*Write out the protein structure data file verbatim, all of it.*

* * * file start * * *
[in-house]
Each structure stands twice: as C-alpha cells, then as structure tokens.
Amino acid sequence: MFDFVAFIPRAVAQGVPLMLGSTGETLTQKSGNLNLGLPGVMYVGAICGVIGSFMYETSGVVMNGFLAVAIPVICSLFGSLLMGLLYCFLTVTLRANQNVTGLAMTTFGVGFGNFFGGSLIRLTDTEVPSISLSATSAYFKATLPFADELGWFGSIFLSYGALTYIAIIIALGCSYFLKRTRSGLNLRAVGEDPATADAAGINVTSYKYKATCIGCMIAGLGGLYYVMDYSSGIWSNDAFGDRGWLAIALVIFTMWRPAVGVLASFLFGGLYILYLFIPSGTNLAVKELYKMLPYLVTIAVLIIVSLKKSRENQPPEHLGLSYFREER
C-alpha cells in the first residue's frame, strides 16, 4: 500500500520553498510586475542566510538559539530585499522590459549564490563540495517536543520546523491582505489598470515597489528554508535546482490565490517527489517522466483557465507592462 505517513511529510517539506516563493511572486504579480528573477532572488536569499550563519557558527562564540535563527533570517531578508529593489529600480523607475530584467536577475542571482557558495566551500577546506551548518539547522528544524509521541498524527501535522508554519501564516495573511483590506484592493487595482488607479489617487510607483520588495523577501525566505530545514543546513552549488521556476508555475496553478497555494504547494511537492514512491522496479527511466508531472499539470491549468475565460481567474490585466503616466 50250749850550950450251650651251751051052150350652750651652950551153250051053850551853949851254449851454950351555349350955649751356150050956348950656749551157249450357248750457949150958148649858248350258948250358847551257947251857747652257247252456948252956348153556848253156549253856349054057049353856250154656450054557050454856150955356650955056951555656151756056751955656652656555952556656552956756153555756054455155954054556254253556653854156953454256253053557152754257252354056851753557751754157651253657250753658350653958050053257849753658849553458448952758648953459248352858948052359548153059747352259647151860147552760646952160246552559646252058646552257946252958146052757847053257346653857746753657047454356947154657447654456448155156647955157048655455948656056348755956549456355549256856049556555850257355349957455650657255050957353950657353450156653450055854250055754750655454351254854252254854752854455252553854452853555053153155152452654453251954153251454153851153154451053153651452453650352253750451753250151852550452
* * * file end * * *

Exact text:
[in-house]
Each structure stands twice: as C-alpha cells, then as structure tokens.
Amino acid sequence: MFDFVAFIPRAVAQGVPLMLGSTGETLTQKSGNLNLGLPGVMYVGAICGVIGSFMYETSGVVMNGFLAVAIPVICSLFGSLLMGLLYCFLTVTLRANQNVTGLAMTTFGVGFGNFFGGSLIRLTDTEVPSISLSATSAYFKATLPFADELGWFGSIFLSYGALTYIAIIIALGCSYFLKRTRSGLNLRAVGEDPATADAAGINVTSYKYKATCIGCMIAGLGGLYYVMDYSSGIWSNDAFGDRGWLAIALVIFTMWRPAVGVLASFLFGGLYILYLFIPSGTNLAVKELYKMLPYLVTIAVLIIVSLKKSRENQPPEHLGLSYFREER
C-alpha cells in the first residue's frame, strides 16, 4: 500500500520553498510586475542566510538559539530585499522590459549564490563540495517536543520546523491582505489598470515597489528554508535546482490565490517527489517522466483557465507592462 505517513511529510517539506516563493511572486504579480528573477532572488536569499550563519557558527562564540535563527533570517531578508529593489529600480523607475530584467536577475542571482557558495566551500577546506551548518539547522528544524509521541498524527501535522508554519501564516495573511483590506484592493487595482488607479489617487510607483520588495523577501525566505530545514543546513552549488521556476508555475496553478497555494504547494511537492514512491522496479527511466508531472499539470491549468475565460481567474490585466503616466 50250749850550950450251650651251751051052150350652750651652950551153250051053850551853949851254449851454950351555349350955649751356150050956348950656749551157249450357248750457949150958148649858248350258948250358847551257947251857747652257247252456948252956348153556848253156549253856349054057049353856250154656450054557050454856150955356650955056951555656151756056751955656652656555952556656552956756153555756054455155954054556254253556653854156953454256253053557152754257252354056851753557751754157651253657250753658350653958050053257849753658849553458448952758648953459248352858948052359548153059747352259647151860147552760646952160246552559646252058646552257946252958146052757847053257346653857746753657047454356947154657447654456448155156647955157048655455948656056348755956549456355549256856049556555850257355349957455650657255050957353950657353450156653450055854250055754750655454351254854252254854752854455252553854452853555053153155152452654453251954153251454153851153154451053153651452453650352253750451753250151852550452